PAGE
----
INAP News
Mar 5, 2019 | Reading time: 4 Minutes

Game Developers Conference 2019: Sessions You Won’t Want to Miss

Laura Vietmeyer, Managing Editor

GDC 2019 is just a few weeks away, and we couldn’t be more excited. Here at INAP, we’re passionate about the gaming industry, and we’re proud that our data center, cloud and network solutions power industry leaders like game developer and publisher Hi-Rez Studios; cloud gaming service Shadow; Mineplex, one of the world’s most popular Minecraft servers; and Super Evil Megacorp, makers of cross-platform MOBA Vainglory.

If you’ll be attending, stop by our booth, P1855, to say hi and see how Performance IP, INAP’s one-of-a-kind route optimization technology, and our full suite of high-performance infrastructure and network solutions power some of your favorite gaming experiences.


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In the meantime, here are just a handful of the sessions we’re most looking forward to.

The eSports Game Experience

The rise of eSports has proven that gaming might have what it takes to become a truly blockbuster spectator sport (even more than it already is). These sessions will tackle the tricky business of making games more enjoyable and inclusive for everyone, no matter who’s playing (or watching).

Esports Day: Diversity and Inclusion in Esports: Where It Is, Where It’s Going, and How It’s Being Done

Date: Monday, March 18
Time: 10:00 a.m. – 11:00 a.m.

The first half-hour of this two-part session will provide attendees a clear sense of what techniques are working right now to increase inclusion in eSports and offer a plan of action to eSports community builders and players to further the effort.

The second half will cover the work of UC Irvine’s Esports Arena staff. They are collaborating with campus academics to examine eSports scholarship players’ code of conduct and contract language in an effort to develop policies that promote inclusion and protect against harassment, especially identity-based harassment.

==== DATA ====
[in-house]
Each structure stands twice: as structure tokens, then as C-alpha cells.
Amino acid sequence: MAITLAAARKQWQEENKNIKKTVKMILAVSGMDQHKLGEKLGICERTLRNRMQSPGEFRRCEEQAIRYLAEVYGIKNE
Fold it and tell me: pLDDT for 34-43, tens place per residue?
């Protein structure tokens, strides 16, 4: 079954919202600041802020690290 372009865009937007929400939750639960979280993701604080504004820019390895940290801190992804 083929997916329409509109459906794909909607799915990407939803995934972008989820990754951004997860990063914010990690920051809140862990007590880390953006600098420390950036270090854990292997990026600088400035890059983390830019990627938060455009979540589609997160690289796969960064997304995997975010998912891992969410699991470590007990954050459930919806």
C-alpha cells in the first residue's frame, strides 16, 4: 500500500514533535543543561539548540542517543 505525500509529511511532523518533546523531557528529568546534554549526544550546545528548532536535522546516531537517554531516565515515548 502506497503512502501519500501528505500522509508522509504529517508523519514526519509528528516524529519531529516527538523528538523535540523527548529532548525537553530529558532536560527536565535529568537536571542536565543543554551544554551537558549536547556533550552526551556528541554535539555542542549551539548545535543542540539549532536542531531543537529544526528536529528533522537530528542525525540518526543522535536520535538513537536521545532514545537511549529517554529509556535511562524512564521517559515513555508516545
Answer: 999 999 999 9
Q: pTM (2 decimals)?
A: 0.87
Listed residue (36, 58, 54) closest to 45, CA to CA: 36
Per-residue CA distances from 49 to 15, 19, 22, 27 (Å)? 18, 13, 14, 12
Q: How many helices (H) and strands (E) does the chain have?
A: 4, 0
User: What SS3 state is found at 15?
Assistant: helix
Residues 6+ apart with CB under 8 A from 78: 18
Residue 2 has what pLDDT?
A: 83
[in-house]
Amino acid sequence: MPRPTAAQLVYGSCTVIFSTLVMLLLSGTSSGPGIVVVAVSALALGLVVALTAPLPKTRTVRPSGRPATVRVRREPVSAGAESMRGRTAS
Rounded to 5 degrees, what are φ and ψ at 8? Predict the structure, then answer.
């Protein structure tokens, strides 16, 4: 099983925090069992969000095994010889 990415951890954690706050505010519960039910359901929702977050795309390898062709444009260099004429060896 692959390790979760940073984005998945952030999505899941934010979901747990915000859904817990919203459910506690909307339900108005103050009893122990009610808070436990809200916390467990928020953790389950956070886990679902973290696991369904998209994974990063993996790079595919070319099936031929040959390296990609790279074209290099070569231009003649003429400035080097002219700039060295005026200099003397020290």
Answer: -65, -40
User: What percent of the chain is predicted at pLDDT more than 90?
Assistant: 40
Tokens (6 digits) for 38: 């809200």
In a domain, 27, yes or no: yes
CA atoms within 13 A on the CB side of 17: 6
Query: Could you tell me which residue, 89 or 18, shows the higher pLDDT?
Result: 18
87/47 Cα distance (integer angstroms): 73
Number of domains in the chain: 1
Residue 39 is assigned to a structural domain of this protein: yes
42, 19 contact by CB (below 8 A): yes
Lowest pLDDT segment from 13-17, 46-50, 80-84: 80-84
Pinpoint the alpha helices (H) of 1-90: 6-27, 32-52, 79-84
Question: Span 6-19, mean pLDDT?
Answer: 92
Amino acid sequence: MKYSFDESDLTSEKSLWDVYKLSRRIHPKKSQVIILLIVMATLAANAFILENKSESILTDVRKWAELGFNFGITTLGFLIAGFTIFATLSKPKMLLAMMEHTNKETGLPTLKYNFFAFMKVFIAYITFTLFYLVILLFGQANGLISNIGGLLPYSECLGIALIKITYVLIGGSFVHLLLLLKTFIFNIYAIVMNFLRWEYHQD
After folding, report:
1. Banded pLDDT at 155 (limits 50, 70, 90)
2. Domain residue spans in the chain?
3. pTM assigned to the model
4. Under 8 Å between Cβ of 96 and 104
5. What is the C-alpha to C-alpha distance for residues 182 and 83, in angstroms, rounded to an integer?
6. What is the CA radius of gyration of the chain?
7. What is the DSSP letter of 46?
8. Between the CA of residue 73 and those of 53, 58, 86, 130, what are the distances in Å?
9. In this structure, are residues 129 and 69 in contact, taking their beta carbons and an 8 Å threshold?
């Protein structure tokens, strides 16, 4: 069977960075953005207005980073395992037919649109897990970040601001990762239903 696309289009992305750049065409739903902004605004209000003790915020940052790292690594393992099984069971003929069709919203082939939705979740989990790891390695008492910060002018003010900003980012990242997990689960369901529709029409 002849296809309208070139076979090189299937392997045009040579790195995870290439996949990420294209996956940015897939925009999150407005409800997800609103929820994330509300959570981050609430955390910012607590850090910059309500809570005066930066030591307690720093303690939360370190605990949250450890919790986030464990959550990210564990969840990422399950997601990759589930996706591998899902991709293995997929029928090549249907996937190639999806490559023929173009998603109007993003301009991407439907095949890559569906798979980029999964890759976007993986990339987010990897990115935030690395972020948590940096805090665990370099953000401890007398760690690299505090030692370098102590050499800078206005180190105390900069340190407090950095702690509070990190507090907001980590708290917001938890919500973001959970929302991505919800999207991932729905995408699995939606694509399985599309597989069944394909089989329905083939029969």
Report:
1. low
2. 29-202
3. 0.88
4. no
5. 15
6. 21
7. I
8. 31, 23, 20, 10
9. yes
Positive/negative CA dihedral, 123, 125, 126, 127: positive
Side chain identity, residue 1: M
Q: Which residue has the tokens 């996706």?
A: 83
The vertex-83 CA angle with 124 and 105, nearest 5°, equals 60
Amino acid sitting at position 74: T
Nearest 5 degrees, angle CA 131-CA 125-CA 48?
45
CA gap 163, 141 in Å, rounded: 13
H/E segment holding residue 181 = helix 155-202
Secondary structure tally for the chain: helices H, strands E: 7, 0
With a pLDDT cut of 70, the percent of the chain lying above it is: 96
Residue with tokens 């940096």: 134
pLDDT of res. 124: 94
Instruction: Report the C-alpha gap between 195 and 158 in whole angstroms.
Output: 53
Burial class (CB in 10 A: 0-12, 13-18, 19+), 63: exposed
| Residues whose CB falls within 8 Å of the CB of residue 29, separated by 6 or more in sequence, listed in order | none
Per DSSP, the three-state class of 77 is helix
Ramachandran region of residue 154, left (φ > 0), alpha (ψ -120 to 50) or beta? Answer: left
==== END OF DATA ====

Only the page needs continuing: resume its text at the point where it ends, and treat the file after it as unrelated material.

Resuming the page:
Tackling Audience Experiences in Games

Date: Monday, March 18
Time: 3:50 p.m. – 4:20 p.m.

The audience of your game isn’t just the people playing your game—it’s also the viewers watching them play. How can you design games with a focus on optimizing the experience of both the players and the audience? This session will demonstrate how to design user interfaces and game mechanics that make for the best live or streamed gaming experience.

Esports Day: WiFi Warriors: How Developers and Organizers Can Improve Online Tournaments

Date: Monday, March 18
Time: 4:40 p.m. – 5:10 p.m.

From first-person shooters like CounterStrike and Call of Duty to fighting games like Street Fighter and Super Smash Bros., tournaments have always been an integral part of the gaming experience. This session will dissect various ways developers and communities have created methods for implementing online tournaments and how to use them to create an effective online tournament for your next competitive game. It’ll dive into various aspects of the experience, including streaming, spectators and third-party tools, and how to create the best tournament experience for games in 1v1, 5v5 and battle royale genres.

The Challenges of Developing a Game

Latency can be a game-killer. How do developers account for delay from networks and inside their games, and how can you make sure that the gaming experience stays smooth and responsive? And even once you’ve built a solid game, how do you get it made?

So You’re Ready to Pitch to a Publisher? You’re Not

Date: Monday, March 18
Time: 10:00 a.m. – 11:00 a.m.

At some point in development, your team will have to talk about your game with someone on the outside. But how do you know if what you’re saying and showing make sense? Are you soliciting for publishers, for funding, for console co-marketing, for promotional opportunities, or are you going to a convention? Learn the difference between prototypes, gameplay mechanic tests and vertical slices—and why publishers want them.

Controller to Display Latency in Call of Duty

Date: Wednesday, March 20
Time: 9:00 a.m. – 10:00 a.m.

Low input latency is key to a satisfying experience in competitive games, but reasoning about latency can be non-intuitive in modern engines with multiple parallel timelines running at once. This talk will tackle latency by analyzing the path that data flows through a game engine from the input sample all the way to the video scan-out hardware.

Technical Challenges of Developing Multiplayer Shooters

Date: Wednesday, March 20
Time: 3:30 p.m. – 4:30 p.m.

This session will give insight into using first- and third-person perspectives for multiplayer games, the pros and cons of using weapon view models, network optimization for multiple NPCs, as well as animation data optimization taken from the speaker’s real-life projects.

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